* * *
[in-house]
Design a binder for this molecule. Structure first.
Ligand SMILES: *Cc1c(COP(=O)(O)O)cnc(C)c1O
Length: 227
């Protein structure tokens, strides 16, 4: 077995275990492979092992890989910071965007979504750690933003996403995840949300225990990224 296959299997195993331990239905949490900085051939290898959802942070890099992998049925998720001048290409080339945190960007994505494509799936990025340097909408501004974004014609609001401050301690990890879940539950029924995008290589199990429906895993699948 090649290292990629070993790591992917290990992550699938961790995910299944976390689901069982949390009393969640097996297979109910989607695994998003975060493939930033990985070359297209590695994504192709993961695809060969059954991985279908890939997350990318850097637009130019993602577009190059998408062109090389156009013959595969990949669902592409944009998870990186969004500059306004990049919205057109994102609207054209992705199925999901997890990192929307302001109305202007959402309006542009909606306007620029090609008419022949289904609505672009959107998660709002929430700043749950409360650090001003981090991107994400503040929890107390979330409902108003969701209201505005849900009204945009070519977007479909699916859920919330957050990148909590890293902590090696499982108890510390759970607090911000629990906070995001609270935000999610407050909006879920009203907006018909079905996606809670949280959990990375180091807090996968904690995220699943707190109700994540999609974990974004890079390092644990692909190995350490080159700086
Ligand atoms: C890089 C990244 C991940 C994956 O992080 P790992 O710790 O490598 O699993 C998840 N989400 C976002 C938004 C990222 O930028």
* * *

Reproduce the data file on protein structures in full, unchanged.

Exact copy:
[in-house]
Design a binder for this molecule. Structure first.
Ligand SMILES: *Cc1c(COP(=O)(O)O)cnc(C)c1O
Length: 227
């Protein structure tokens, strides 16, 4: 077995275990492979092992890989910071965007979504750690933003996403995840949300225990990224 296959299997195993331990239905949490900085051939290898959802942070890099992998049925998720001048290409080339945190960007994505494509799936990025340097909408501004974004014609609001401050301690990890879940539950029924995008290589199990429906895993699948 090649290292990629070993790591992917290990992550699938961790995910299944976390689901069982949390009393969640097996297979109910989607695994998003975060493939930033990985070359297209590695994504192709993961695809060969059954991985279908890939997350990318850097637009130019993602577009190059998408062109090389156009013959595969990949669902592409944009998870990186969004500059306004990049919205057109994102609207054209992705199925999901997890990192929307302001109305202007959402309006542009909606306007620029090609008419022949289904609505672009959107998660709002929430700043749950409360650090001003981090991107994400503040929890107390979330409902108003969701209201505005849900009204945009070519977007479909699916859920919330957050990148909590890293902590090696499982108890510390759970607090911000629990906070995001609270935000999610407050909006879920009203907006018909079905996606809670949280959990990375180091807090996968904690995220699943707190109700994540999609974990974004890079390092644990692909190995350490080159700086
Ligand atoms: C890089 C990244 C991940 C994956 O992080 P790992 O710790 O490598 O699993 C998840 N989400 C976002 C938004 C990222 O930028």